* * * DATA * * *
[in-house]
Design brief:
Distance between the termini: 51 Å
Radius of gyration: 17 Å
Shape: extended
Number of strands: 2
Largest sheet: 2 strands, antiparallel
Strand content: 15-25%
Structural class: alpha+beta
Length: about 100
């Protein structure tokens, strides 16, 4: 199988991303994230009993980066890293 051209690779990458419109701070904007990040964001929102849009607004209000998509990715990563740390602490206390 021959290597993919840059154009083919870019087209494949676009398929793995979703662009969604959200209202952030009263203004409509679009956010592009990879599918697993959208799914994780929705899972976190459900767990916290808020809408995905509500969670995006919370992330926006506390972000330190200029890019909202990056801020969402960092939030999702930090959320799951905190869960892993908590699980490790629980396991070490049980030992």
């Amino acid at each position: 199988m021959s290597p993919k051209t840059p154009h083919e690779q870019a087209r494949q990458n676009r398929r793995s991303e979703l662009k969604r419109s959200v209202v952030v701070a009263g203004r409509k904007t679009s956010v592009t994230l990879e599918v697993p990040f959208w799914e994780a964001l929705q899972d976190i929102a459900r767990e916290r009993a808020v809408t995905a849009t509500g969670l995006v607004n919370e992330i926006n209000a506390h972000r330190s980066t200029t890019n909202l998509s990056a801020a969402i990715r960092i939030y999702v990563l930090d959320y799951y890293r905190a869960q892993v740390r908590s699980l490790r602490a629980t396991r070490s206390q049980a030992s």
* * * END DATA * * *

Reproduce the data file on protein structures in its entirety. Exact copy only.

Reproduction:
[in-house]
Design brief:
Distance between the termini: 51 Å
Radius of gyration: 17 Å
Shape: extended
Number of strands: 2
Largest sheet: 2 strands, antiparallel
Strand content: 15-25%
Structural class: alpha+beta
Length: about 100
């Protein structure tokens, strides 16, 4: 199988991303994230009993980066890293 051209690779990458419109701070904007990040964001929102849009607004209000998509990715990563740390602490206390 021959290597993919840059154009083919870019087209494949676009398929793995979703662009969604959200209202952030009263203004409509679009956010592009990879599918697993959208799914994780929705899972976190459900767990916290808020809408995905509500969670995006919370992330926006506390972000330190200029890019909202990056801020969402960092939030999702930090959320799951905190869960892993908590699980490790629980396991070490049980030992």
């Amino acid at each position: 199988m021959s290597p993919k051209t840059p154009h083919e690779q870019a087209r494949q990458n676009r398929r793995s991303e979703l662009k969604r419109s959200v209202v952030v701070a009263g203004r409509k904007t679009s956010v592009t994230l990879e599918v697993p990040f959208w799914e994780a964001l929705q899972d976190i929102a459900r767990e916290r009993a808020v809408t995905a849009t509500g969670l995006v607004n919370e992330i926006n209000a506390h972000r330190s980066t200029t890019n909202l998509s990056a801020a969402i990715r960092i939030y999702v990563l930090d959320y799951y890293r905190a869960q892993v740390r908590s699980l490790r602490a629980t396991r070490s206390q049980a030992s």